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We Matched Up Basketball Stars With Their 80s Thrash Metal Counterparts

Steph Curry is DEFINITELY Metallica.

Last week, Oklahoma City Thunder point guard Russell Westbrook was spotted wearing a Slayer shirt on his way to play against the Los Angeles Lakers, and of course, the Internet took notice. This is amusing for several reasons. First, Russell Westbrook makes a lot of daring fashion choices (a couple days earlier he showed up looking like Clint Eastwood), so seeing him dressed like a mall goth is pretty funny.

Second, celebrities wearing metal merchandise is always weird, because it makes you wonder what they actually think of the music. What’s Justin Bieber’s favorite Iron Maiden album? He strikes me as a Piece Of Mind guy. Lady Gaga could probably geek out about some Killers deep cuts if you asked her to. How well do you think Chris Brown’s dance moves would translate to a DRI circle pit? Of course there’s a high probability that image-conscious celebrities might just be adapting metal iconography as a fashion statement, but if Demi Lovato is still riding for Job For A Cowboy, then it isn’t that big of a leap to assume that Westbrook has spun Reign In Blood once or twice.


It helps that Westbrook and Slayer are a perfect fit for one other. Westbrook plays with the same kind of relentlessness and raw speed that made Slayer such an unstoppable force in the 1980s. Slayer never had any use for the acoustic interludes or concessions to melody that the rest of the Big Four incorporated into their material, and Westbrook’s playing is just as no-frills as Slayer’s songwriting. His drives to the rim are a series of straight lines ending in emphatic dunks, just as the best Slayer songs are a torrent of riffs that climax in borderline atonal soloing.

This got me thinking about parallels between other NBA point guards and classic 80s thrash metal bands. For the purposes of this admittedly silly exercise, I’m limiting myself to point guards currently active in the NBA, and thrash bands that released at least one album in the 1980s.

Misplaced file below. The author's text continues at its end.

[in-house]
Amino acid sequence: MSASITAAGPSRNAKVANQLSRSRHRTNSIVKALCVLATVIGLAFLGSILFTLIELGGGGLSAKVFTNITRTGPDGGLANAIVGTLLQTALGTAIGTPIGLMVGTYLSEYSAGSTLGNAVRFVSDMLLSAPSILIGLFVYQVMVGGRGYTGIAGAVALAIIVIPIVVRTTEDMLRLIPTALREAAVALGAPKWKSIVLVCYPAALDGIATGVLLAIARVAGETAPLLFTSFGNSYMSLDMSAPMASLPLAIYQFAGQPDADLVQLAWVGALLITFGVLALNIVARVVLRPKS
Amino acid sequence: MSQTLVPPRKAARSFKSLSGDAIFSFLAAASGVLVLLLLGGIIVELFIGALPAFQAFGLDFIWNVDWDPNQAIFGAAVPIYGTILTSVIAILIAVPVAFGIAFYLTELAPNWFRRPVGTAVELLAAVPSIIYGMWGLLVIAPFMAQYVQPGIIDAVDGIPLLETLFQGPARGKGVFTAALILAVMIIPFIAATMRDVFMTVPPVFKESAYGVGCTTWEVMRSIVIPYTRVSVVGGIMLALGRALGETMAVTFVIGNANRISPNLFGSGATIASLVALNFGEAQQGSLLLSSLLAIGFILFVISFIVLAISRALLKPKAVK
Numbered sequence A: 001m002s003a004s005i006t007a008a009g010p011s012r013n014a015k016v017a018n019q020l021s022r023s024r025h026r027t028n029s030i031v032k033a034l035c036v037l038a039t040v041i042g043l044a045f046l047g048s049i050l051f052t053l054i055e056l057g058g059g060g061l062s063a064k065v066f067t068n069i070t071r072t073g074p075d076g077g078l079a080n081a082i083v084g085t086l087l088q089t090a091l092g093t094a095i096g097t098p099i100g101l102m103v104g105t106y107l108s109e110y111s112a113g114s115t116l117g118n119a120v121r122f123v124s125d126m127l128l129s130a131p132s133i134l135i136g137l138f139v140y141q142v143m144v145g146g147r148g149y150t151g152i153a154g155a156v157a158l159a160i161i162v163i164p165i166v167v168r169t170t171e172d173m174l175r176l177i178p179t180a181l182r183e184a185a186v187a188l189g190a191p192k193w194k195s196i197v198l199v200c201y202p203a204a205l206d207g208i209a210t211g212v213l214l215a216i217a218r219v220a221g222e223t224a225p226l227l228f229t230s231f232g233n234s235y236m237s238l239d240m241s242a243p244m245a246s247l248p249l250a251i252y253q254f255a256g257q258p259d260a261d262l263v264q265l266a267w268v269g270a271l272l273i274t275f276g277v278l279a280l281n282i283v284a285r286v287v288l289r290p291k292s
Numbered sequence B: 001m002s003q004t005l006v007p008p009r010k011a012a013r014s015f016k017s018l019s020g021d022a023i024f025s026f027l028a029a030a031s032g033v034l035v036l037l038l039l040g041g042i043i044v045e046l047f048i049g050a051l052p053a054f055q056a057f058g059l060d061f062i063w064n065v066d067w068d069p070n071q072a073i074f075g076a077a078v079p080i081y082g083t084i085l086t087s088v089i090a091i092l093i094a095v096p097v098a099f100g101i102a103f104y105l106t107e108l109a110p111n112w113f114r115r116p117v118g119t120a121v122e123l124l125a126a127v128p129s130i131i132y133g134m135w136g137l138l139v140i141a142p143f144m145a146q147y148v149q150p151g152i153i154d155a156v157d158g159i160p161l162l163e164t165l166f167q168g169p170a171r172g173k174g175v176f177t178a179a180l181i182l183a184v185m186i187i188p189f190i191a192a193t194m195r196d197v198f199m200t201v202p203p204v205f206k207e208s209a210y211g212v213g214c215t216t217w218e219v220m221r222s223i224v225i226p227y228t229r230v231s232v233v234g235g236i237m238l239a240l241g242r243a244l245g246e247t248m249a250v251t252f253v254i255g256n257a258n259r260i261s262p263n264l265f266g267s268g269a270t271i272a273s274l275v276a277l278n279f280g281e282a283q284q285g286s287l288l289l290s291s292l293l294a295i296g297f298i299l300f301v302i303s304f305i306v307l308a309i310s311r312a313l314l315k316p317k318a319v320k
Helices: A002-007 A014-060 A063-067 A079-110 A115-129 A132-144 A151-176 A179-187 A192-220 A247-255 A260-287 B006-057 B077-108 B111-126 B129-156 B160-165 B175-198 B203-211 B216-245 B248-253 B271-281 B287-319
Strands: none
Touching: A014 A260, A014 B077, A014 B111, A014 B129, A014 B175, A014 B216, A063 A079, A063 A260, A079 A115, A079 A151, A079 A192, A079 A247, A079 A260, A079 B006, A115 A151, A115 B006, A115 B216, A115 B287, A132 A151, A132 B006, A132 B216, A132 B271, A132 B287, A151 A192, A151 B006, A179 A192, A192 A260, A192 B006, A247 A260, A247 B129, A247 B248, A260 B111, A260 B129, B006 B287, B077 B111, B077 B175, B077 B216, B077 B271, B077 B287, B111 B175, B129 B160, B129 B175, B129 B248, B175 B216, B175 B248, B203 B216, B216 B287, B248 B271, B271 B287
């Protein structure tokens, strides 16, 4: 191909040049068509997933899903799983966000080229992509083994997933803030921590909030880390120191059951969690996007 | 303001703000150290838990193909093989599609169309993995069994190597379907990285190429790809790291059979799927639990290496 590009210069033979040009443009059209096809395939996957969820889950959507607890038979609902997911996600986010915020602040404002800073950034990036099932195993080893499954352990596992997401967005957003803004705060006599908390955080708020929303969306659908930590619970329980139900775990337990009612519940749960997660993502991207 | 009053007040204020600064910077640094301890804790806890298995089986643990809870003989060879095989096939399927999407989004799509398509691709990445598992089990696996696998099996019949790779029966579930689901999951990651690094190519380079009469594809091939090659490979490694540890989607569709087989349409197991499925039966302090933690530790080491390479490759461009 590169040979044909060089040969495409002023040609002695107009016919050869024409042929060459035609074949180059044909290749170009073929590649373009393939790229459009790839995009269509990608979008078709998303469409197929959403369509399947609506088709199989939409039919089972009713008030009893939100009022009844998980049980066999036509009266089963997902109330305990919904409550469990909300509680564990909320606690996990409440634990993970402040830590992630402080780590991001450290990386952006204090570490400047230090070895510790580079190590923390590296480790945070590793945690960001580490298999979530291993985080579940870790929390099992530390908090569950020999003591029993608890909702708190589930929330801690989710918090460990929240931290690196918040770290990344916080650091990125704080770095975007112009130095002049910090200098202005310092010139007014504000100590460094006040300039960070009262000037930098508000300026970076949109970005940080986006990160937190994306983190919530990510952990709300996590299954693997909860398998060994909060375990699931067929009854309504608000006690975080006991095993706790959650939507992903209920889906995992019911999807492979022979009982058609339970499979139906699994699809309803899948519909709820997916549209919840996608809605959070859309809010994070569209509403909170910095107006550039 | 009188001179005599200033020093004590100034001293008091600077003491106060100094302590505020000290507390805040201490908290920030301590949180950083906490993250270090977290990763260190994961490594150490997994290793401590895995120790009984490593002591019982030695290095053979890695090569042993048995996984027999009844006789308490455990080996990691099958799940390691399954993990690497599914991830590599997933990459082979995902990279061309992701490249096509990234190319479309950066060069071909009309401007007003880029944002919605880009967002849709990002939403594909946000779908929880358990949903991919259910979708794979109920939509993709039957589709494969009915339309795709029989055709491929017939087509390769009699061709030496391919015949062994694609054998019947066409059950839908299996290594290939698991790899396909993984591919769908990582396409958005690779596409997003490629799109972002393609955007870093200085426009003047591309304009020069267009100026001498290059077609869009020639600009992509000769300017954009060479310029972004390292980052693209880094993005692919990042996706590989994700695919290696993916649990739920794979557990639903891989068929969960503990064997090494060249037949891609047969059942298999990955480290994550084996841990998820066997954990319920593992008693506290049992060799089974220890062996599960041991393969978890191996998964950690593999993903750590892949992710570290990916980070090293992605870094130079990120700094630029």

Steph Curry is Metallica

All photos courtesy of the NBA

Let’s just get this out of the way: Curry is the best player alive right now. Metallica were the best metal band on earth during the 80s. We can get cute and hype up personal favorites, but if you’re going to start denying the shadow that Master Of Puppets casts over the genre or quibble over whether or not Curry is “good for the game,” then chances are you are a total buzzkill that is no fun at parties. Of course, neither Curry nor 80s Metallica are flawless. Lars Ulrich’s drumming was never spectacular, and while Curry has improved on defense this year, it’ll never be his strongest attribute.

Reggie Jackson is Megadeth

After being kicked out of Metallica, Dave Mustaine started Megadeth as a way of proving how indispensable he was to his former band. Mustaine is the ultimate “chip on his shoulder” guy in metal. Every move Mustaine made in the 80s felt like an attempt to one-up his former band. Reggie Jackson doesn’t have the same degree of spite in him as Mustaine, but his emergence since being traded to the Detroit Pistons does stem from a similar urge to prove his worth as a starting point guard. Jackson still needs to work on his consistency—right now he’s more Killing Is My Business than Peace Sells…— but he’s skilled and driven enough to become a serious threat in the near future.